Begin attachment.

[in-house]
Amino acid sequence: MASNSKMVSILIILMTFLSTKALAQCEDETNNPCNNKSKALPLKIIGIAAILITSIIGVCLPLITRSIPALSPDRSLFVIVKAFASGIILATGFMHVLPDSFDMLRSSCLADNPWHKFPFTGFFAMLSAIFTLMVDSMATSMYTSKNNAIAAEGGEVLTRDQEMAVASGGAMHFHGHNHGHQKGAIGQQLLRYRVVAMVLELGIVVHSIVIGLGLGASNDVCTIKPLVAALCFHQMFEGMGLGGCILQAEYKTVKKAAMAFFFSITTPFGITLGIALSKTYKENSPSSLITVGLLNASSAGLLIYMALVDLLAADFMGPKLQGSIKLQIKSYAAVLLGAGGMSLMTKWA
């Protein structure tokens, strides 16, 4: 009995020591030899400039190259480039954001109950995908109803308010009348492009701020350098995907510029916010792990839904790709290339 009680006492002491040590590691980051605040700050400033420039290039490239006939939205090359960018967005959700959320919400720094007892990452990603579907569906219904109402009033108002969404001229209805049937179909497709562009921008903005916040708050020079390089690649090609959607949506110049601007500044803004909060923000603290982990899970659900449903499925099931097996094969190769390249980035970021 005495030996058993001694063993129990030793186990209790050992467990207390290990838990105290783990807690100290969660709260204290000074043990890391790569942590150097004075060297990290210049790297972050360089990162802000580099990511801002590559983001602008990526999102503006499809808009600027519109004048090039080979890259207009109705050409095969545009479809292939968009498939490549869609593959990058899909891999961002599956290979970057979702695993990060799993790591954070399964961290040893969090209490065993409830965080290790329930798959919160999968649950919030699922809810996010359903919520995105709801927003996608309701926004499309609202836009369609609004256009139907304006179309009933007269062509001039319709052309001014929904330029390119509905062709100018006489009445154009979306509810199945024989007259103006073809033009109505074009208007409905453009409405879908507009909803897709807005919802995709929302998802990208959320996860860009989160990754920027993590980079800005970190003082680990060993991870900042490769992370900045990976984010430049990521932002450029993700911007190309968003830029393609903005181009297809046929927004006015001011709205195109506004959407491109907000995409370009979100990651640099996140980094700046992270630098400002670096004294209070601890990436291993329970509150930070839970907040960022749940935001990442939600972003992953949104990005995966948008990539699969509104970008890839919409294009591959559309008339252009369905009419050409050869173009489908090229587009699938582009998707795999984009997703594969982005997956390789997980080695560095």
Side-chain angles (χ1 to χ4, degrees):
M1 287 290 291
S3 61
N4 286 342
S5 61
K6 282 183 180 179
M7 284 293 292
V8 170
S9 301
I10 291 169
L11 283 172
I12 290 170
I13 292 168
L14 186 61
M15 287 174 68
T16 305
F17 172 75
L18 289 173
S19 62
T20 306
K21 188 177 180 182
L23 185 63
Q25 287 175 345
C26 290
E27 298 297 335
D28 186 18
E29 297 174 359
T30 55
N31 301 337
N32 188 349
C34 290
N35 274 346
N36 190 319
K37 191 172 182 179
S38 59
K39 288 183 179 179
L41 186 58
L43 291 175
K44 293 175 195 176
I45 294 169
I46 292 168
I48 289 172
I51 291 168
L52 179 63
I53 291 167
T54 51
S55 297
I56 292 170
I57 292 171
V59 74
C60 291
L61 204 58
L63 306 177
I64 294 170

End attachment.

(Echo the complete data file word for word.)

[in-house]
Amino acid sequence: MASNSKMVSILIILMTFLSTKALAQCEDETNNPCNNKSKALPLKIIGIAAILITSIIGVCLPLITRSIPALSPDRSLFVIVKAFASGIILATGFMHVLPDSFDMLRSSCLADNPWHKFPFTGFFAMLSAIFTLMVDSMATSMYTSKNNAIAAEGGEVLTRDQEMAVASGGAMHFHGHNHGHQKGAIGQQLLRYRVVAMVLELGIVVHSIVIGLGLGASNDVCTIKPLVAALCFHQMFEGMGLGGCILQAEYKTVKKAAMAFFFSITTPFGITLGIALSKTYKENSPSSLITVGLLNASSAGLLIYMALVDLLAADFMGPKLQGSIKLQIKSYAAVLLGAGGMSLMTKWA
């Protein structure tokens, strides 16, 4: 009995020591030899400039190259480039954001109950995908109803308010009348492009701020350098995907510029916010792990839904790709290339 009680006492002491040590590691980051605040700050400033420039290039490239006939939205090359960018967005959700959320919400720094007892990452990603579907569906219904109402009033108002969404001229209805049937179909497709562009921008903005916040708050020079390089690649090609959607949506110049601007500044803004909060923000603290982990899970659900449903499925099931097996094969190769390249980035970021 005495030996058993001694063993129990030793186990209790050992467990207390290990838990105290783990807690100290969660709260204290000074043990890391790569942590150097004075060297990290210049790297972050360089990162802000580099990511801002590559983001602008990526999102503006499809808009600027519109004048090039080979890259207009109705050409095969545009479809292939968009498939490549869609593959990058899909891999961002599956290979970057979702695993990060799993790591954070399964961290040893969090209490065993409830965080290790329930798959919160999968649950919030699922809810996010359903919520995105709801927003996608309701926004499309609202836009369609609004256009139907304006179309009933007269062509001039319709052309001014929904330029390119509905062709100018006489009445154009979306509810199945024989007259103006073809033009109505074009208007409905453009409405879908507009909803897709807005919802995709929302998802990208959320996860860009989160990754920027993590980079800005970190003082680990060993991870900042490769992370900045990976984010430049990521932002450029993700911007190309968003830029393609903005181009297809046929927004006015001011709205195109506004959407491109907000995409370009979100990651640099996140980094700046992270630098400002670096004294209070601890990436291993329970509150930070839970907040960022749940935001990442939600972003992953949104990005995966948008990539699969509104970008890839919409294009591959559309008339252009369905009419050409050869173009489908090229587009699938582009998707795999984009997703594969982005997956390789997980080695560095």
Side-chain angles (χ1 to χ4, degrees):
M1 287 290 291
S3 61
N4 286 342
S5 61
K6 282 183 180 179
M7 284 293 292
V8 170
S9 301
I10 291 169
L11 283 172
I12 290 170
I13 292 168
L14 186 61
M15 287 174 68
T16 305
F17 172 75
L18 289 173
S19 62
T20 306
K21 188 177 180 182
L23 185 63
Q25 287 175 345
C26 290
E27 298 297 335
D28 186 18
E29 297 174 359
T30 55
N31 301 337
N32 188 349
C34 290
N35 274 346
N36 190 319
K37 191 172 182 179
S38 59
K39 288 183 179 179
L41 186 58
L43 291 175
K44 293 175 195 176
I45 294 169
I46 292 168
I48 289 172
I51 291 168
L52 179 63
I53 291 167
T54 51
S55 297
I56 292 170
I57 292 171
V59 74
C60 291
L61 204 58
L63 306 177
I64 294 170